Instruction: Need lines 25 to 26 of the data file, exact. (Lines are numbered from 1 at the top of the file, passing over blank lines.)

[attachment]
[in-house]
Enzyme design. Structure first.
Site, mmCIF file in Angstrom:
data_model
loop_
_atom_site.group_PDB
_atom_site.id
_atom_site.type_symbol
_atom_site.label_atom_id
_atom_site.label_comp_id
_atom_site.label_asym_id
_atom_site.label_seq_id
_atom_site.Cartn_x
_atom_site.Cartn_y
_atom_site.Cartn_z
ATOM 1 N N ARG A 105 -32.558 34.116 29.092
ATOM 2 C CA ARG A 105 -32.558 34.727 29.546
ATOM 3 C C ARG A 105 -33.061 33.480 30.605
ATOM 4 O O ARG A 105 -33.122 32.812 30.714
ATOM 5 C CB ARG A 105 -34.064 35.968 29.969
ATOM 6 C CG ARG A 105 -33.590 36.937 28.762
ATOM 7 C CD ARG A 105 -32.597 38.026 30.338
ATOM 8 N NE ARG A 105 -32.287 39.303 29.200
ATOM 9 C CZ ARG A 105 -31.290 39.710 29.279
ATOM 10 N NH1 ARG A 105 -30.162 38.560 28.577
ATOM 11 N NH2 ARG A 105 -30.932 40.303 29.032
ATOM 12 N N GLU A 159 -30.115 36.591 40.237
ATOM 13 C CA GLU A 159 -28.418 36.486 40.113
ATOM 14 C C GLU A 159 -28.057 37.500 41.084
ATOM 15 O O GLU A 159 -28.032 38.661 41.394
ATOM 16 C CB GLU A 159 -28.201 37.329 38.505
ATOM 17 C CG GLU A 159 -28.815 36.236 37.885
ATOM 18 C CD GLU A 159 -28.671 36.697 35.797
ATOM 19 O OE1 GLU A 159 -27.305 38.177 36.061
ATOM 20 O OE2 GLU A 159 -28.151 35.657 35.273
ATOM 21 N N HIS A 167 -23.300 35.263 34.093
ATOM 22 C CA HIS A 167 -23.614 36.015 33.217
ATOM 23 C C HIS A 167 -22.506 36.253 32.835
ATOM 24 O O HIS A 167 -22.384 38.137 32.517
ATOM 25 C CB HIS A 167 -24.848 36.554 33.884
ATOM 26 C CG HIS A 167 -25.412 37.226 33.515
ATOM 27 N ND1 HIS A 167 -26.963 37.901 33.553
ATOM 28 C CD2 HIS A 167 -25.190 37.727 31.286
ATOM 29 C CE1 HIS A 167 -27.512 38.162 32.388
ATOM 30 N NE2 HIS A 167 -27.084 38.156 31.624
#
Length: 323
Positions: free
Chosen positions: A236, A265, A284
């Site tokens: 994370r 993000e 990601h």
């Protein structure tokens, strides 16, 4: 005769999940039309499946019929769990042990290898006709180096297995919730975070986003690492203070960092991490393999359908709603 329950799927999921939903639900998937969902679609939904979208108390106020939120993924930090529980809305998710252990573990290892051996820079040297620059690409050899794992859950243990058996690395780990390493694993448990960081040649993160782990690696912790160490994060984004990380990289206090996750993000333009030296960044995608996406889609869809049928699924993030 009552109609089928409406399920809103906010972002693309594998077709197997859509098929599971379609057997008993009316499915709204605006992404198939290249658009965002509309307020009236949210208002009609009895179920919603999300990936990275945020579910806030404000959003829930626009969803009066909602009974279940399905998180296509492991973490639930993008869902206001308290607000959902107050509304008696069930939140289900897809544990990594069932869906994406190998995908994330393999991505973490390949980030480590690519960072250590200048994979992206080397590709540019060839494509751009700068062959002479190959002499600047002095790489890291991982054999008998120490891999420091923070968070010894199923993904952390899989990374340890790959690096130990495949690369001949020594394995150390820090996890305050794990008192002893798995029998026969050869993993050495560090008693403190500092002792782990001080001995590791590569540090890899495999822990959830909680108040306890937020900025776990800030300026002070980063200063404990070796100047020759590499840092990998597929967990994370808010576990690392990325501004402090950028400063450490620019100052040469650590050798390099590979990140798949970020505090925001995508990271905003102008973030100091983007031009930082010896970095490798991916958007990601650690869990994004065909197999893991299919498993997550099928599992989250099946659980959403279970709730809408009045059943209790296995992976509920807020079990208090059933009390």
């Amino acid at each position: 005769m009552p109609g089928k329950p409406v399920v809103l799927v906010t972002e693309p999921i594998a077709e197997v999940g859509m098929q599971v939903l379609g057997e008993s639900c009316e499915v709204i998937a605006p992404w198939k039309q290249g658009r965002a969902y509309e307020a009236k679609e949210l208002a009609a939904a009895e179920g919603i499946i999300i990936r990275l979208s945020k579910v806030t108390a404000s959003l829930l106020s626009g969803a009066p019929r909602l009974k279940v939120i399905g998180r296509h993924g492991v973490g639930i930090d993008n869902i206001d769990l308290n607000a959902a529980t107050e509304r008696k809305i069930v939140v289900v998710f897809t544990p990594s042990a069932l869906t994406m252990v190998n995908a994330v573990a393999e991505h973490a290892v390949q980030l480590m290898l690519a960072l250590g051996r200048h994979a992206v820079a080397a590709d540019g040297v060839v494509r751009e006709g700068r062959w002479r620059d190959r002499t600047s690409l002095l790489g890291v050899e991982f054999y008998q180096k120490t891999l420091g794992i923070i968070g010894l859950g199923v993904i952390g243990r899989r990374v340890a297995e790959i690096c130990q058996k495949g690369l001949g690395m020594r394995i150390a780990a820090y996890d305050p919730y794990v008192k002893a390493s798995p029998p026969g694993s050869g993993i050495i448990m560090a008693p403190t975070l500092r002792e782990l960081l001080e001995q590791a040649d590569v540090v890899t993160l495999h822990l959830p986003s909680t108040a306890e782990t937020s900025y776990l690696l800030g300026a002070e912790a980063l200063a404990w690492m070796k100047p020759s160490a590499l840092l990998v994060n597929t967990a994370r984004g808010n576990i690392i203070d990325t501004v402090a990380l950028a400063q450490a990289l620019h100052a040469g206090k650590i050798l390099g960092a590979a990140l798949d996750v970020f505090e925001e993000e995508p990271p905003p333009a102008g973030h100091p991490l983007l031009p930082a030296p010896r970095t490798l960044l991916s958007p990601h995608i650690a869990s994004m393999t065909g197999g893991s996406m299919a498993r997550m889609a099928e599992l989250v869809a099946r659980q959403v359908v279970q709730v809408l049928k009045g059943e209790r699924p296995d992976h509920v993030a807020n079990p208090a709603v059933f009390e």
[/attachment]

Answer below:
ATOM 10 N NH1 ARG A 105 -30.162 38.560 28.577
ATOM 11 N NH2 ARG A 105 -30.932 40.303 29.032